See also: How To Fertilize A Pond Or Lake

Lake Weed Control Advice


 

Aquatic weed control can be practiced in several ways, of which, the very best is lake weed prevention. Chemical control relies on herbicides to accomplish the job of vegetation control. Mechanical aquatic vegetation control is the act of physical weed removal, and is used generically for almost any time of physical lake weed control such as mowing, or rolling the vegetation. Biological lake weed control is accomplished by introducing a living predator into the pond or lake. These are limited at this time to a very few, including grass carp, and a few insects. As we said, prevention is the best method, and the follow up process is important for preventing future invasions.

Lake weed prevention.

Prevention is the best from of control for any problem, ever. However, there are times when prevention may not have been an option, and for such cases, exercising control, or practicing management is the only recourse.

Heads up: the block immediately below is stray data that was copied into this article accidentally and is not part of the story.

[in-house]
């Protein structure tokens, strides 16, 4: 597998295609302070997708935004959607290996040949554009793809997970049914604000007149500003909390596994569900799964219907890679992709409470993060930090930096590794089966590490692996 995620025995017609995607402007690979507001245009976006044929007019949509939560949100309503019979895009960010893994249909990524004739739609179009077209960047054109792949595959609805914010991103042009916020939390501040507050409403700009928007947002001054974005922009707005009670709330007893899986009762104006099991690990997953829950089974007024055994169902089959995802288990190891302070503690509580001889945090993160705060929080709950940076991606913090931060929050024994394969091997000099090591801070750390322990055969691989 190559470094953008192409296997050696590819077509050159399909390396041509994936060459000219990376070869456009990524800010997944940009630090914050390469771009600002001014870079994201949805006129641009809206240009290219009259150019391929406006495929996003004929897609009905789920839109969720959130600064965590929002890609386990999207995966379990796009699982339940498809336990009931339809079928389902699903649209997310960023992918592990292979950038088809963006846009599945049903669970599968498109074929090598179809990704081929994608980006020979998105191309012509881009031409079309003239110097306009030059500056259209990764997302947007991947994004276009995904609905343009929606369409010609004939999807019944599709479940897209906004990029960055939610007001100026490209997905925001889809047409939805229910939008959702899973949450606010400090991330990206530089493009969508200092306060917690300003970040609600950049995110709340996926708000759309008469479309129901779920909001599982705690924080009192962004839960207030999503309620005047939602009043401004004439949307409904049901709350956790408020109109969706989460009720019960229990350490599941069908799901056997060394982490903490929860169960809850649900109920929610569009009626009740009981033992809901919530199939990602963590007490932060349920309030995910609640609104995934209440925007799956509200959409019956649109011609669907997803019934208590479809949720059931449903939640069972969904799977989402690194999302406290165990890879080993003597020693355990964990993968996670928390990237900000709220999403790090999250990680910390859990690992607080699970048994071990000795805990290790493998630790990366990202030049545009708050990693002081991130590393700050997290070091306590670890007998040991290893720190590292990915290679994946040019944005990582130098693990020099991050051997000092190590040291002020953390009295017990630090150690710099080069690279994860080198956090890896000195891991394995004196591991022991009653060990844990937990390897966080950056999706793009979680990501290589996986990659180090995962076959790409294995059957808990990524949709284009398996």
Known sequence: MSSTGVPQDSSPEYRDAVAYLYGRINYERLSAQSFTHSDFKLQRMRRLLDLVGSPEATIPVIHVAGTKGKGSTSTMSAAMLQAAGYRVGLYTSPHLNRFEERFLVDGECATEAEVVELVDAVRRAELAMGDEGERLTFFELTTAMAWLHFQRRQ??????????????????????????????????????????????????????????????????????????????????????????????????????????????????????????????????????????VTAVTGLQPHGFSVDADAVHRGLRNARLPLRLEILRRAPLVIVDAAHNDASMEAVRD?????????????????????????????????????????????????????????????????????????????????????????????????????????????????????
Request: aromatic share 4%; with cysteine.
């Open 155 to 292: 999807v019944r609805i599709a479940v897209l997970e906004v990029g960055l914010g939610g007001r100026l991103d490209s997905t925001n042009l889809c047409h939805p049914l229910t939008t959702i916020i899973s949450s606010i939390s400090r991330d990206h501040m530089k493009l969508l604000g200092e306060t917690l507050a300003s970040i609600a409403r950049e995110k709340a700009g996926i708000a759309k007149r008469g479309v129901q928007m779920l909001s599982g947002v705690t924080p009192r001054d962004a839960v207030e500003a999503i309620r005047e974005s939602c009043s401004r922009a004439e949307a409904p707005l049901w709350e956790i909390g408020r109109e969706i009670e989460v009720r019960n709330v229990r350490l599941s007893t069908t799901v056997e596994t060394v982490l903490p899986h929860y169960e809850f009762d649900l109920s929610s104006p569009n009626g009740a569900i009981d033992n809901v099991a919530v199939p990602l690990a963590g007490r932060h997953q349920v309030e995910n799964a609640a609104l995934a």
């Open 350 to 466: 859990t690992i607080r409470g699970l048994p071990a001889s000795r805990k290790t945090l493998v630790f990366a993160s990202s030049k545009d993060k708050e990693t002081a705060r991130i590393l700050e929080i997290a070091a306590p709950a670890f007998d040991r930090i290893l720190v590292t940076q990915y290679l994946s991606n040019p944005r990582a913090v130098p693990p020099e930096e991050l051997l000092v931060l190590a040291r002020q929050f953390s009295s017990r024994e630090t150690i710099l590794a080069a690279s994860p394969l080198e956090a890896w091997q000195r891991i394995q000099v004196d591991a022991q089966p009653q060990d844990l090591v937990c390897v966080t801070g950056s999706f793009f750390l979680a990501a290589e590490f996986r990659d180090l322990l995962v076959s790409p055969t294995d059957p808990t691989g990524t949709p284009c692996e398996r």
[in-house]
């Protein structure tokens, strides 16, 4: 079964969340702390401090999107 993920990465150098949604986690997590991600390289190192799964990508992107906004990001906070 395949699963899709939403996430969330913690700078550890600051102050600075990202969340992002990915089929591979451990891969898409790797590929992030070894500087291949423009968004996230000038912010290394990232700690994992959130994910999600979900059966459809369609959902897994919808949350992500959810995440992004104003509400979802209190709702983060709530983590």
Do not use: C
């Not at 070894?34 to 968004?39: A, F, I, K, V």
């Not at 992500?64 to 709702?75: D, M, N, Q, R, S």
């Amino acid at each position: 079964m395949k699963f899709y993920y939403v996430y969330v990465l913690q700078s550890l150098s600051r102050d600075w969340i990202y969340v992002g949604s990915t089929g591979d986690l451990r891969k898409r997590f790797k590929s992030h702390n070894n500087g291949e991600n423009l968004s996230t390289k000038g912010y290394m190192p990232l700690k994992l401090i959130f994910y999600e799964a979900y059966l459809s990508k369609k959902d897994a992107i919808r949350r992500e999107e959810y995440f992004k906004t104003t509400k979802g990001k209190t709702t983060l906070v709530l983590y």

Chemical lake weed control

Chemical aquatic weed control is often seen as being the least acceptable form of aquatic weed control due to environmental concerns. These concerns are largely unfounded. The amount of chemical that can legally be used is most often measured in parts per million, and relatively few parts per million at that. The chemicals used have been thoroughly tested, and while most of us have a healthy distrust of both government agencies and chemical manufacturers, I believe that in this case, they have earned our trust. The chemicals that are used for aquatic vegetation control are low dose, low toxicity, and lose their toxicity quickly in lake and pond water. You probably get more parts per million of pharmaceuticals in your drinking water than the allowable amounts of weed killers in fish ponds!